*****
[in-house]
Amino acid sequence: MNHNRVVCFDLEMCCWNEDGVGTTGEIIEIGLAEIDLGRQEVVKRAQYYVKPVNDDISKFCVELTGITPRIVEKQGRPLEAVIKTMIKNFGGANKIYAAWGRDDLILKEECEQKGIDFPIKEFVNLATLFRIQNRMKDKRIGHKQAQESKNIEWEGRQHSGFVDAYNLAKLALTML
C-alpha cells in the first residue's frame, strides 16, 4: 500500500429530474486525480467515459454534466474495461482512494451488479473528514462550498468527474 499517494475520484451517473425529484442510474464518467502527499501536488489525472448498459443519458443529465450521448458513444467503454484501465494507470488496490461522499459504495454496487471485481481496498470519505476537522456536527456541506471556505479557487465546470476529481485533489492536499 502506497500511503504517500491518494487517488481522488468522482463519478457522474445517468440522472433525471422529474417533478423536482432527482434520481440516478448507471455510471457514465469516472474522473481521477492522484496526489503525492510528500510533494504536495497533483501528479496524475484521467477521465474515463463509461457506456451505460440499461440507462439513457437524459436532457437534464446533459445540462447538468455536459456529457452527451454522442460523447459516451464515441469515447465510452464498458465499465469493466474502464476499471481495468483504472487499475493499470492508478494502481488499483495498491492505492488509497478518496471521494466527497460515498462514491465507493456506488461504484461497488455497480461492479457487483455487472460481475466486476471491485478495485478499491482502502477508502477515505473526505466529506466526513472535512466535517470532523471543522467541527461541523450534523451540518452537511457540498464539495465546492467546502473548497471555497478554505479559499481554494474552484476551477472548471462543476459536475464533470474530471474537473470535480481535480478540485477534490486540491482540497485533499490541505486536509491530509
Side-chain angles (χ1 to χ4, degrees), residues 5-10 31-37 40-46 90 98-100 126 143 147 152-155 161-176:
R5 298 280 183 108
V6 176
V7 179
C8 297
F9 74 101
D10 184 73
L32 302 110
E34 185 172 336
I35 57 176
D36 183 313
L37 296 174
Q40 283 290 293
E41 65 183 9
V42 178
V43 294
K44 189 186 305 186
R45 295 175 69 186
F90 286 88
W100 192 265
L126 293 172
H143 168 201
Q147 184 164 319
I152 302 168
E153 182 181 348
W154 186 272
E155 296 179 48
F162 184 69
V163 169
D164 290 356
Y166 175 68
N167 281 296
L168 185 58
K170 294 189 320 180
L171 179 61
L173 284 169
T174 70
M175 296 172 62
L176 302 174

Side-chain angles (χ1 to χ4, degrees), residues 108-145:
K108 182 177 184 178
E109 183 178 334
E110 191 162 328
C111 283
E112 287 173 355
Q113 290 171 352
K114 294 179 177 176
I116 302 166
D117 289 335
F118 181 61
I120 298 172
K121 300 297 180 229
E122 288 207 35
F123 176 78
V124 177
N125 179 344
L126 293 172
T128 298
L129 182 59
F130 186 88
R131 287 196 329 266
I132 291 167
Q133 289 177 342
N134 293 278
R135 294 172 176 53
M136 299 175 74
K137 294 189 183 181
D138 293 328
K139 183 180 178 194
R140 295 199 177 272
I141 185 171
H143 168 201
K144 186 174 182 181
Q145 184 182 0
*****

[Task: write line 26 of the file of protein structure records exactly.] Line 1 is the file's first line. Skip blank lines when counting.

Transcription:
Q147 184 164 319